All tracks written by Björk[26][39] and produced by Björk and Mark Bell,[83] except where noted.

No.TitleLength
1."Hunter"4:11
2."Jóga" (writers: Björk, Sjón)5:02
3."Unravel" (writers: Björk, Guy Sigsworth; producers: Björk, Sigsworth)3:25
4."Bachelorette" (writers: Björk, Sjón; producer: Björk)5:16
5."All Neon Like"6:01
6."5 Years"4:31
7."Immature" (Mark Bell's version; producer: Bell)3:09
8."Alarm Call"4:25
9."Pluto" (writers: Björk, Bell)3:25
10."All Is Full of Love" (Howie B's version; producer: Howie B)4:29

Personnel[edit]

Musicians[edit]

Production[edit]

  • Björk – arranger, programming, producer
  • Howie B – programming, producer, mixing
  • Mark Bell – programming, producer, drum programming, crew
  • Danny Joe Brown Band – programming, mixing assistant
  • Richard Brown – programming
  • Kirsten Cowie – mixing assistant, assistant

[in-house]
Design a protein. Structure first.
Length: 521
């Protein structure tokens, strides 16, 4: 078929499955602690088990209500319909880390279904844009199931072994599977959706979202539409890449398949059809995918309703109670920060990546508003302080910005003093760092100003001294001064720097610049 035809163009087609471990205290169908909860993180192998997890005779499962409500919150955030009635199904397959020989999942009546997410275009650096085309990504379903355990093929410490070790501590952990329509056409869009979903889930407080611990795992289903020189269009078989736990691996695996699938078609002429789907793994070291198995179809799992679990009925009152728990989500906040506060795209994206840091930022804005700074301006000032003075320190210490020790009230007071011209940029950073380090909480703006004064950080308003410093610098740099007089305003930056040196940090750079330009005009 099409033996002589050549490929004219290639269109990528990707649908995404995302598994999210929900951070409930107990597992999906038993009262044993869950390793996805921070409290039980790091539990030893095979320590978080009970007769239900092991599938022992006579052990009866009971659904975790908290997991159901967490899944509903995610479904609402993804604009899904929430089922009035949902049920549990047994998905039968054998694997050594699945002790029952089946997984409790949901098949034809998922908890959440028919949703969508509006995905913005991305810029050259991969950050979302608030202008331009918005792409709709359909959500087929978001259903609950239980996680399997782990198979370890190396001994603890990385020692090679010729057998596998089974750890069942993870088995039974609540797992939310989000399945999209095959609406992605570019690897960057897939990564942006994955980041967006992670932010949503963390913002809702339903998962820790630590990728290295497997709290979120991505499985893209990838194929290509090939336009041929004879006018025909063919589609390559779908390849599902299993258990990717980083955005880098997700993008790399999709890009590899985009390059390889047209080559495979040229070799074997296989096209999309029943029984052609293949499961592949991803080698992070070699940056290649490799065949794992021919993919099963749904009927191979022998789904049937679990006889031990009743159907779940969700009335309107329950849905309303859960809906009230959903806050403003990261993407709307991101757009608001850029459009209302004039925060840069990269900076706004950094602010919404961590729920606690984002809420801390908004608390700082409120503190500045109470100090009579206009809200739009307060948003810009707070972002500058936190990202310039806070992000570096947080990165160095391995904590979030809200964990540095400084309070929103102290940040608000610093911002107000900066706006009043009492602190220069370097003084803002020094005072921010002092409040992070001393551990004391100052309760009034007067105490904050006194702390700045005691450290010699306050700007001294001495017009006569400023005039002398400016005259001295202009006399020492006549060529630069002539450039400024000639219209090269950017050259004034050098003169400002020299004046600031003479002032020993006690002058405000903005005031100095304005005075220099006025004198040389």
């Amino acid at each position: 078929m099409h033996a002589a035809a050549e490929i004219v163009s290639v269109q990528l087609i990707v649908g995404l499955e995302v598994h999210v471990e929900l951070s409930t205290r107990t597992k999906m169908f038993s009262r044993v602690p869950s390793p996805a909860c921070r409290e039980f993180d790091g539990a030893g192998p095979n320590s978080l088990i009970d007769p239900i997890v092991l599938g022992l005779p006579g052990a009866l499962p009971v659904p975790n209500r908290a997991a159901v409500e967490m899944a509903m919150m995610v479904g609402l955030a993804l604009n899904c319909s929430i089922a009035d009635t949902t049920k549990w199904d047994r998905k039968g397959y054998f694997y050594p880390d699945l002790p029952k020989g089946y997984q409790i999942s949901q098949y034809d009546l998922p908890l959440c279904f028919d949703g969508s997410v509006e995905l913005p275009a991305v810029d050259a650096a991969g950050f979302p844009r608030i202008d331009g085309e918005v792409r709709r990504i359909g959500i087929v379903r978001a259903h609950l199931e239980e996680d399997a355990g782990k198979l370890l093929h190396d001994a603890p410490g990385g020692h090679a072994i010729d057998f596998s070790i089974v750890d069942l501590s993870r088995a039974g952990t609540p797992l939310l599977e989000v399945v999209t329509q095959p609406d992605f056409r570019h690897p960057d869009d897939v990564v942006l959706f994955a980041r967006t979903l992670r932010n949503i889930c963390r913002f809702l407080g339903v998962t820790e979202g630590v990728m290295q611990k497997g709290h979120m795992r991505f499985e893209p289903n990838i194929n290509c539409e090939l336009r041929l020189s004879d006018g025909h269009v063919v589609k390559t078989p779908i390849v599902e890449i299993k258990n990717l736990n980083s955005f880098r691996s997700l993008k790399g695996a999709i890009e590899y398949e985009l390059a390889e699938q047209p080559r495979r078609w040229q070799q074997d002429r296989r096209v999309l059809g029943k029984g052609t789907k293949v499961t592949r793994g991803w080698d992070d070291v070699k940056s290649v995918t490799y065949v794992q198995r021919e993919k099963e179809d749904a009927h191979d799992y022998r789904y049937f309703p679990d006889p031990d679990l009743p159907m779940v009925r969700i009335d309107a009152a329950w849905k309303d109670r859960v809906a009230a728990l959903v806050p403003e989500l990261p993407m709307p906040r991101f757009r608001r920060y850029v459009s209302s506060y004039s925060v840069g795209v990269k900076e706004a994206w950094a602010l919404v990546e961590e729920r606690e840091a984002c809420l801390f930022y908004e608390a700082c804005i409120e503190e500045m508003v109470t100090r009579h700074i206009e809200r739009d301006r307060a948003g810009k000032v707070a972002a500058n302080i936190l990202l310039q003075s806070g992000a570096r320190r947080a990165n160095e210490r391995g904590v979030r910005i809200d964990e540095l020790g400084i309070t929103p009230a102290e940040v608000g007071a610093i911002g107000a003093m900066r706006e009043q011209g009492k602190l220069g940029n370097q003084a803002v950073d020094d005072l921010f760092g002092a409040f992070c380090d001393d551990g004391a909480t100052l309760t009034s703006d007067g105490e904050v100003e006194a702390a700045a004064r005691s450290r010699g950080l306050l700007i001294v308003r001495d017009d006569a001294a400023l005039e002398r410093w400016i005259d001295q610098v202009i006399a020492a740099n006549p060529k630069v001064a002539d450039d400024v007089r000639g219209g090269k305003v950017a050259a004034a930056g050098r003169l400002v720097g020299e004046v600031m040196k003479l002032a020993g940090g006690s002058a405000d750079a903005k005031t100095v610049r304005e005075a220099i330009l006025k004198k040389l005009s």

• Eumir Deodato – arranger, orchestration, transcription
  • Marius de Vries – programming
  • Markus Dravs – programming, producer, engineer, drum programming, crew
  • Katy England – stylist
  • Jason Groucott – mixing assistant, assistant
  • Nick Knight – photography
  • James Loughrey – mixing assistant, assistant
  • Alexander McQueen – art direction
  • Sie Medway-Smith – mixing assistant, assistant
  • Rob Murphy – mixing assistant, assistant
  • Russel Polden – mixing assistant, assistant
  • Steve Price – engineer
  • Guy Sigsworth – producer
  • Tony Stanton – copyist
  • Mark "Spike" Stent – mixing, crew
  • Rebecca Storey – mixing assistant, assistant
  • Paul Walton – mixing assistant
  • Jason Westbrook – mixing assistant, assistant

Charts[edit]

Certifications[edit]

Region Certification Certified units/Sales
Canada (Music Canada)[97] Gold 50,000^
France (SNEP) N/A 505,900 [98]
Japan (Oricon Charts) 49,580[99]
Switzerland (IFPI Switzerland)[100] Gold 25,000^
United Kingdom (BPI)[101] Gold 100,000^
United States (RIAA)[102] Gold 501,000[103]
Summaries
Europe (IFPI)[104] Platinum 1,000,000*

*sales figures based on certification alone
^shipments figures based on certification alone

Notes[edit]

  1. ^ Homogenic is officially considered to be the third solo album,[8][9] although technically it can be viewed as fourth if to count her 1977 juvenilia work, or fifth, counting in her 1990 jazz output Gling-Gló.

References[edit]